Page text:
- Statistical robustness – minimum sample sizes are needed to ensure that the data shows an accurate picture of what pay looks like within an organisation
- Anonymity – any reporting framework will need to ensure that individual’s rates of pay cannot be extrapolated from reports, particularly if they are part of an ethnic group that makes up a small percentage of employees in an organisation
- Data collection barriers – organisations had highlighted practical and legal challenges to collating the data
- The wide range of ethnic groups within the UK – ethnicity is not “binary” and representation of different ethnic groups differs across the UK. Organisations and government needed to be careful not to make sweeping statements about ethnicity, as average pay varies significantly across groups
- The potential for results to be skewed – a reporting exercise within the Civil Service found that 22% of employees did not provide their data, which that the data showed average pay within every ethnic group was higher than average median pay in the Civil Service.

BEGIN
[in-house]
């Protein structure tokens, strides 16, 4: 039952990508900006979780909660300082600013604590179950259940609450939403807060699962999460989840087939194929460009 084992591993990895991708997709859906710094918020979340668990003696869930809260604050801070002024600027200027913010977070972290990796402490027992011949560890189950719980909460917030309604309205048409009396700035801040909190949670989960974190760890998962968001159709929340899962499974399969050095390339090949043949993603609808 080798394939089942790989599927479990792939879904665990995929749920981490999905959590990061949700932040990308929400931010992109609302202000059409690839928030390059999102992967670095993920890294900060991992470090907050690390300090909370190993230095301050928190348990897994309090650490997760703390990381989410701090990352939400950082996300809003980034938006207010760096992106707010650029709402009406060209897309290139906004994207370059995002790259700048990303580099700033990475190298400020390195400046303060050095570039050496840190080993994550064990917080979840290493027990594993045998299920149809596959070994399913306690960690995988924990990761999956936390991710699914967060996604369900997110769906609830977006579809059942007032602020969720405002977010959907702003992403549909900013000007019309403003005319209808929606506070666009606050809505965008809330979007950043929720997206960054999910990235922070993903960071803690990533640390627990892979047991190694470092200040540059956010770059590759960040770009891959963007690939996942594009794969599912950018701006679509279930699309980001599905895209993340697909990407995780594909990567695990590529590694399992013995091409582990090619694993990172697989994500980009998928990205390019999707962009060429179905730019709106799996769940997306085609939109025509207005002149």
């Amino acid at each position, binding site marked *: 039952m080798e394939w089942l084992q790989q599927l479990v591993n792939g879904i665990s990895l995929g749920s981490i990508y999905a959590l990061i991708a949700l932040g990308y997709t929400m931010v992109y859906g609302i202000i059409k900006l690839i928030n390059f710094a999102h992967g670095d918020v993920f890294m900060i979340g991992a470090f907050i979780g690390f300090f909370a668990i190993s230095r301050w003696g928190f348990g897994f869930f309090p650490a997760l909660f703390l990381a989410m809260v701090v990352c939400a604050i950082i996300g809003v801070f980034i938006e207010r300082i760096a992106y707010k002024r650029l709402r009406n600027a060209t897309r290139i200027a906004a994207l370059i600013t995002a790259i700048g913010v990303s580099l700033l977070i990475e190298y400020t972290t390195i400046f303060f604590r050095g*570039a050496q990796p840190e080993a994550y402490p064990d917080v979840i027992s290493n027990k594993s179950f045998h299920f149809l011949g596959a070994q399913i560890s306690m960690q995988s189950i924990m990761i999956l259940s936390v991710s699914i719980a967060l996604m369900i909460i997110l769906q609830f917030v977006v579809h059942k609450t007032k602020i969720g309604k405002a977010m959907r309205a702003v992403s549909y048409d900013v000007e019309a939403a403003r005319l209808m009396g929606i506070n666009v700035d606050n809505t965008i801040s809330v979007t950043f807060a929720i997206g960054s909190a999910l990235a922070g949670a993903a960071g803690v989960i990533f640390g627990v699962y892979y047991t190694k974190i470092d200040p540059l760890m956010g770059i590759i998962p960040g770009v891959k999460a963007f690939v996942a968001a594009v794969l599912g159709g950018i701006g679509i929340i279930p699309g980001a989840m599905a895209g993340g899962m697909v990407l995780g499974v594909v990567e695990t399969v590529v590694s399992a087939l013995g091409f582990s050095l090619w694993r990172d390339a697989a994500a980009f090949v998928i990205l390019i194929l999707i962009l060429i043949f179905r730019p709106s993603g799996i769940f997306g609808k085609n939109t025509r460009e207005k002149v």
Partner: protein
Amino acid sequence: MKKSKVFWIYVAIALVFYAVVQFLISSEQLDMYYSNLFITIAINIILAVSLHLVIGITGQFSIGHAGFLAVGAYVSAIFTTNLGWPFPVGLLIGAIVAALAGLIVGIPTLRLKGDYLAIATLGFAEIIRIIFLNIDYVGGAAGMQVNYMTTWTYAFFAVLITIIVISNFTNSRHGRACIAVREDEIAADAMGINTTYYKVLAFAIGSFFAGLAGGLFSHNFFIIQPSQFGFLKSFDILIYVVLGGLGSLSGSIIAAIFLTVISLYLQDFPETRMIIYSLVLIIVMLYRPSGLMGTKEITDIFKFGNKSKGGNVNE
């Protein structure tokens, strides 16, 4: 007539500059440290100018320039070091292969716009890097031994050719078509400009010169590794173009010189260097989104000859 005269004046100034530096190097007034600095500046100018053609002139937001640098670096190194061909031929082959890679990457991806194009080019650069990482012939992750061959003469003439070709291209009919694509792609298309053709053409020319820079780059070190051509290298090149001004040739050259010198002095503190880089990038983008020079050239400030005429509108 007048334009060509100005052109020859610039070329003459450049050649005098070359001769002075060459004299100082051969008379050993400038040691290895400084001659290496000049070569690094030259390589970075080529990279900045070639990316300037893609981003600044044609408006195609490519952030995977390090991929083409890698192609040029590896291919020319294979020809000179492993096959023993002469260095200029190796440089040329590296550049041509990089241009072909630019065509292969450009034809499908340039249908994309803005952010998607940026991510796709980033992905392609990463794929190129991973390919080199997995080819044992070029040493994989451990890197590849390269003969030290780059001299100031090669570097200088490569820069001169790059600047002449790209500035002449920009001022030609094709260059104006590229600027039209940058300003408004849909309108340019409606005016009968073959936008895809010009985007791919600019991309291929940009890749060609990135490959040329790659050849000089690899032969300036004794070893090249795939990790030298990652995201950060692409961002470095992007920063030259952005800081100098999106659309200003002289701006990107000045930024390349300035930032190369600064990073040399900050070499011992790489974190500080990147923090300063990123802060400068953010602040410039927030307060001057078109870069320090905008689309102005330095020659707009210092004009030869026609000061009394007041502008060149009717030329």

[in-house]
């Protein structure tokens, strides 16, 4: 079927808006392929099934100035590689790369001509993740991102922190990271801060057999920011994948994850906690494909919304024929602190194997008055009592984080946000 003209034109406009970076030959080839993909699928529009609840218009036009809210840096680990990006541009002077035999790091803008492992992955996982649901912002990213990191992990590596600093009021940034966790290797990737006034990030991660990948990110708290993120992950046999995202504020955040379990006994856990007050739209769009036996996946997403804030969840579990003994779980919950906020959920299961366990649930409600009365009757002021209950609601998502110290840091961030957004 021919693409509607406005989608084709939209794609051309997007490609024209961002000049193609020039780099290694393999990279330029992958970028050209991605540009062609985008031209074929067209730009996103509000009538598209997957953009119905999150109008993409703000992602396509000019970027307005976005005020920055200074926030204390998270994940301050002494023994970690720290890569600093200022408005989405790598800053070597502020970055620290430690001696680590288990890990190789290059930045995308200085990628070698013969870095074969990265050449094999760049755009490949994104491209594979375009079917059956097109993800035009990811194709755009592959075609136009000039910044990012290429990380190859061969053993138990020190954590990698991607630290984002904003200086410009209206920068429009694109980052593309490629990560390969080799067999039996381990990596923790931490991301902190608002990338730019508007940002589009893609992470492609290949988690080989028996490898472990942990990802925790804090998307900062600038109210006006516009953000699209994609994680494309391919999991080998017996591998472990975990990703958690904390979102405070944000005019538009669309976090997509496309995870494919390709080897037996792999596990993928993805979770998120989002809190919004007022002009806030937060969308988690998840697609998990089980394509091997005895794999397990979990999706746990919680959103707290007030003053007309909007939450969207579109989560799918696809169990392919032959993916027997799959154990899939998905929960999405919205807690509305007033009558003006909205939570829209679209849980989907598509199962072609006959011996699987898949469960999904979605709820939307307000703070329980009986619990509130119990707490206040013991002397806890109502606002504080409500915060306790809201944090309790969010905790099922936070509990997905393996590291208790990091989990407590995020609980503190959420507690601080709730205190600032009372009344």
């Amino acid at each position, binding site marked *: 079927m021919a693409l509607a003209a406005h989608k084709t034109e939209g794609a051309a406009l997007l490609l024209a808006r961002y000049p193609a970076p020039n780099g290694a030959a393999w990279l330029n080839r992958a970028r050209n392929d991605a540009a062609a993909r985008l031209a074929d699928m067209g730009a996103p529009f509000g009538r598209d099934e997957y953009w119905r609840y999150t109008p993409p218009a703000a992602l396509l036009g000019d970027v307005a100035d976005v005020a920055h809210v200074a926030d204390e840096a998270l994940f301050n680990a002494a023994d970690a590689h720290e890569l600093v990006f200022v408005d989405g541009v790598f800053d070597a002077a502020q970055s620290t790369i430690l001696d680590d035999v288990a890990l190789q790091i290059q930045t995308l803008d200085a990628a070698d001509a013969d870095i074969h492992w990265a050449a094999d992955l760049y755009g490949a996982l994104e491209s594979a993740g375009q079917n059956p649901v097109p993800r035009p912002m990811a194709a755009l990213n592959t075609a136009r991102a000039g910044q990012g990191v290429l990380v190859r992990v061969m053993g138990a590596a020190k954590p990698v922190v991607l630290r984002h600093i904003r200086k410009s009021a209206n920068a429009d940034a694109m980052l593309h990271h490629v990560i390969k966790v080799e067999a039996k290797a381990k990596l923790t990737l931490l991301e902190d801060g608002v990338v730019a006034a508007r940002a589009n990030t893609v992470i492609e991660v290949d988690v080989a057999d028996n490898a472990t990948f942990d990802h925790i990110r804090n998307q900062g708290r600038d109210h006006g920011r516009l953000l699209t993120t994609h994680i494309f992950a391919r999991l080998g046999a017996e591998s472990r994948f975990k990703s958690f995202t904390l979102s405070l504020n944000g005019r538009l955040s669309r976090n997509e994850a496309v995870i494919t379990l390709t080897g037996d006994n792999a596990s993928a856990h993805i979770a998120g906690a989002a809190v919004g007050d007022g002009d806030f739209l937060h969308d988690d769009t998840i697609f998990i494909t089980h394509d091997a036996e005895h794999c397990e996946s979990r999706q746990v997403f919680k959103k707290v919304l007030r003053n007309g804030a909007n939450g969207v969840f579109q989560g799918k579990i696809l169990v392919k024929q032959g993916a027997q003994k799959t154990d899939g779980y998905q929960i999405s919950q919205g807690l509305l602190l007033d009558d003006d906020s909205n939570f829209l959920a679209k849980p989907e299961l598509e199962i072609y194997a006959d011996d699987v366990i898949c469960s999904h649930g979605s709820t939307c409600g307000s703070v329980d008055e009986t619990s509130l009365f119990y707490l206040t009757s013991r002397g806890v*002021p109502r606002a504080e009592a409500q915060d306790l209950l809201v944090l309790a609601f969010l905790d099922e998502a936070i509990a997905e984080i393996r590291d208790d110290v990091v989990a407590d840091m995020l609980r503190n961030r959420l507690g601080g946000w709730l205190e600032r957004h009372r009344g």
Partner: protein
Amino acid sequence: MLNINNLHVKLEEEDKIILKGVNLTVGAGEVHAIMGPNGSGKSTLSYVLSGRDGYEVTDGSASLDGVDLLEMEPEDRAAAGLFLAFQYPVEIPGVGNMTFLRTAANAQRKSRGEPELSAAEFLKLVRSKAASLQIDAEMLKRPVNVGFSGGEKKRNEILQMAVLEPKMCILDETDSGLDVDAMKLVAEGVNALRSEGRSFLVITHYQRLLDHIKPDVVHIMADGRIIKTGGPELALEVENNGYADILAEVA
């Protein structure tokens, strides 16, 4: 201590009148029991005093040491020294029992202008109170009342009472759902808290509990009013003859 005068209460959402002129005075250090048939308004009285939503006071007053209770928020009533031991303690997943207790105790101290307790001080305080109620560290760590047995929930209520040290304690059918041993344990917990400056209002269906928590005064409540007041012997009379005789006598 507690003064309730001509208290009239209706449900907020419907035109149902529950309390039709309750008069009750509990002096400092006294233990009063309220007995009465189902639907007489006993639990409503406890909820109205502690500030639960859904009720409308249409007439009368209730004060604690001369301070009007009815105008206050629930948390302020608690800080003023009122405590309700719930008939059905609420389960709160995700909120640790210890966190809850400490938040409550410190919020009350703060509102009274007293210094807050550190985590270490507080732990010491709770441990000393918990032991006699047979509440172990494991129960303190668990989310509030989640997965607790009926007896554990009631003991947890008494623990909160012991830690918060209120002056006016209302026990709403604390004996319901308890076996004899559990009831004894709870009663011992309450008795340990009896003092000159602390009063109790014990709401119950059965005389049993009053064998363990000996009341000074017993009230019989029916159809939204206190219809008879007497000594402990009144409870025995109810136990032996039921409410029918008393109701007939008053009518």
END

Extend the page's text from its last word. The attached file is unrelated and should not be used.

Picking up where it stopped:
consultation into mandatory ethnicity pay gap reporting highlighted issues including:Establishing a framework for mandatory ethnicity pay gap reporting is complicated as the data is not binary, can be easily skewed, and there are challenges with anonymity and data collection, a minister has said. During a debate in response to a petition that called for the governent to bring forth legislation that would require employers to publish their ethnicity pay gap, Paul Scully, the minister for small business, consumers and labour market, admitted there are numerous statistical challenges to introducing the requirement. “We want to make sure we’re doing the right things to genuinely move things forward,” he said. “The key to that is determining what it makes sense to report on and what use the data can be put to. It’s far from straightforward.” He said the Department for Business, Enterprise and Industrial Strategy’s (BEIS)